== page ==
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Siemens to explore gas turbine deal with Asian partner
[MUNICH] Siemens AG is exploring a combination of its large gas turbine business with an Asian partner, according to people familiar with the matter.
The German company has held talks with firms including Mitsubishi Heavy Industries Ltd, said the people, who asked not to be identified because the talks are private. Options range from a full or partial sale of the division to a joint venture, the people said. No final decisions have been made and Siemens may still decide to keep the unit, they said.
Siemens has been considering options for the large gas turbine business, which forms the biggest part of its power-and-gas division, since at least last June, when people familiar with the matter said the German engineering company was considering a potential sale. The business was worth about 3.2 billion euros (S$4.9 billion), Berenberg analyst Simon Toennessen estimated at the time.
"The situation on the global market for fossil power-plant technology remains unchanged," the company said in a statement, declining to comment on talks about the turbine business. "Siemens began tackling these challenges back in early 2015."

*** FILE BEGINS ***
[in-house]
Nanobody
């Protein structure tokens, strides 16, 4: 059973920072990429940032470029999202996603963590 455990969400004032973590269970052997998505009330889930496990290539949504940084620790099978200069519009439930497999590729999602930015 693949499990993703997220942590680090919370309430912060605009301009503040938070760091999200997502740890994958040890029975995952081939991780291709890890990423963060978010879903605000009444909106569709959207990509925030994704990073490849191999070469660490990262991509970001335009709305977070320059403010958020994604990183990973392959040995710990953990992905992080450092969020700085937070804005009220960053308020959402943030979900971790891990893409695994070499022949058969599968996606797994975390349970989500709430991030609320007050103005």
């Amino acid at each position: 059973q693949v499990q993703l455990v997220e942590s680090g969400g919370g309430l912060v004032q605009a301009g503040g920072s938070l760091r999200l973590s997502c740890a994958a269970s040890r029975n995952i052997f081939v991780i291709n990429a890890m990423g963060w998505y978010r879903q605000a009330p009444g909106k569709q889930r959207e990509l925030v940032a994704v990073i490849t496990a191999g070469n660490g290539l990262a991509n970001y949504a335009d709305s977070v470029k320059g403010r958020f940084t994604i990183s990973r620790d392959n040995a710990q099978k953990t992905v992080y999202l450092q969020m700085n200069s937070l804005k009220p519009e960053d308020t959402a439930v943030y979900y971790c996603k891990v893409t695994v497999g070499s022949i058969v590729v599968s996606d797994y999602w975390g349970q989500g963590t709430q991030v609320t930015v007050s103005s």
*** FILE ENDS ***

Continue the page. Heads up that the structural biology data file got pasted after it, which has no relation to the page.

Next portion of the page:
A spokesman for Mitsubishi Heavy declined to comment.
The global market for gas turbines has collapsed as renewable energy has become cheaper. Siemens announced in 2017 it would cut 6,900 jobs in its power and gas division to respond to that shift.
Antitrust issues could play into any dealmaking.
General Electric Co was the top producer of gas turbines last year, with about 33 per cent of global orders by capacity, according to Barclays Plc. Mitsubishi Hitachi Power Systems followed with 30 per cent, while Siemens was third with 26 per cent. The German company was set to generate about 5.2 billion euros in revenue from turbine sales and service in 2018, Berenberg estimated last year.
Siemens's power-and-gas division will be renamed gas and power on April 1, reflecting the company's new structure. Siemens announced last year that it was shrinking the number of operating divisions from three to five and that it would focus on factory software and energy distribution, attempting to get the jump on newer technologies that had been disrupting its core business.